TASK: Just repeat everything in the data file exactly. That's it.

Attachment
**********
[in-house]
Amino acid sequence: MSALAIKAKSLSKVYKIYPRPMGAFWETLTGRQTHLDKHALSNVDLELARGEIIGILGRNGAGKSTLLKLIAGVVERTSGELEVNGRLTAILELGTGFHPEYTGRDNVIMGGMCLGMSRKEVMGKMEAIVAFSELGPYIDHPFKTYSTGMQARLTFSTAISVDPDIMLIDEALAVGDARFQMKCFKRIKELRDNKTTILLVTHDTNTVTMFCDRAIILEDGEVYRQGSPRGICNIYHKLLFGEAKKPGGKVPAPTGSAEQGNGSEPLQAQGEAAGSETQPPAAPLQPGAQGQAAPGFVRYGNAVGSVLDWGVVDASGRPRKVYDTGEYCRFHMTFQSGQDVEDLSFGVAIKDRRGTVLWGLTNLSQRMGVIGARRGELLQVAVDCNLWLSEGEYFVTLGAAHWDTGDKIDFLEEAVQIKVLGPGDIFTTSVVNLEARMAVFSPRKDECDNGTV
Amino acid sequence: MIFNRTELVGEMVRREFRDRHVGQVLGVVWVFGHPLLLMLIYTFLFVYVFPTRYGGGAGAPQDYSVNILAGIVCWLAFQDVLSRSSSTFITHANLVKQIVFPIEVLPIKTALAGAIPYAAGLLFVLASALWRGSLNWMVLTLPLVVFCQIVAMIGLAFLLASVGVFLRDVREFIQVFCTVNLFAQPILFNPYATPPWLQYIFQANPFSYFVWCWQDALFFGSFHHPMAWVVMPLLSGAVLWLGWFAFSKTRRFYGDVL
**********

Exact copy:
[in-house]
Amino acid sequence: MSALAIKAKSLSKVYKIYPRPMGAFWETLTGRQTHLDKHALSNVDLELARGEIIGILGRNGAGKSTLLKLIAGVVERTSGELEVNGRLTAILELGTGFHPEYTGRDNVIMGGMCLGMSRKEVMGKMEAIVAFSELGPYIDHPFKTYSTGMQARLTFSTAISVDPDIMLIDEALAVGDARFQMKCFKRIKELRDNKTTILLVTHDTNTVTMFCDRAIILEDGEVYRQGSPRGICNIYHKLLFGEAKKPGGKVPAPTGSAEQGNGSEPLQAQGEAAGSETQPPAAPLQPGAQGQAAPGFVRYGNAVGSVLDWGVVDASGRPRKVYDTGEYCRFHMTFQSGQDVEDLSFGVAIKDRRGTVLWGLTNLSQRMGVIGARRGELLQVAVDCNLWLSEGEYFVTLGAAHWDTGDKIDFLEEAVQIKVLGPGDIFTTSVVNLEARMAVFSPRKDECDNGTV
Amino acid sequence: MIFNRTELVGEMVRREFRDRHVGQVLGVVWVFGHPLLLMLIYTFLFVYVFPTRYGGGAGAPQDYSVNILAGIVCWLAFQDVLSRSSSTFITHANLVKQIVFPIEVLPIKTALAGAIPYAAGLLFVLASALWRGSLNWMVLTLPLVVFCQIVAMIGLAFLLASVGVFLRDVREFIQVFCTVNLFAQPILFNPYATPPWLQYIFQANPFSYFVWCWQDALFFGSFHHPMAWVVMPLLSGAVLWLGWFAFSKTRRFYGDVL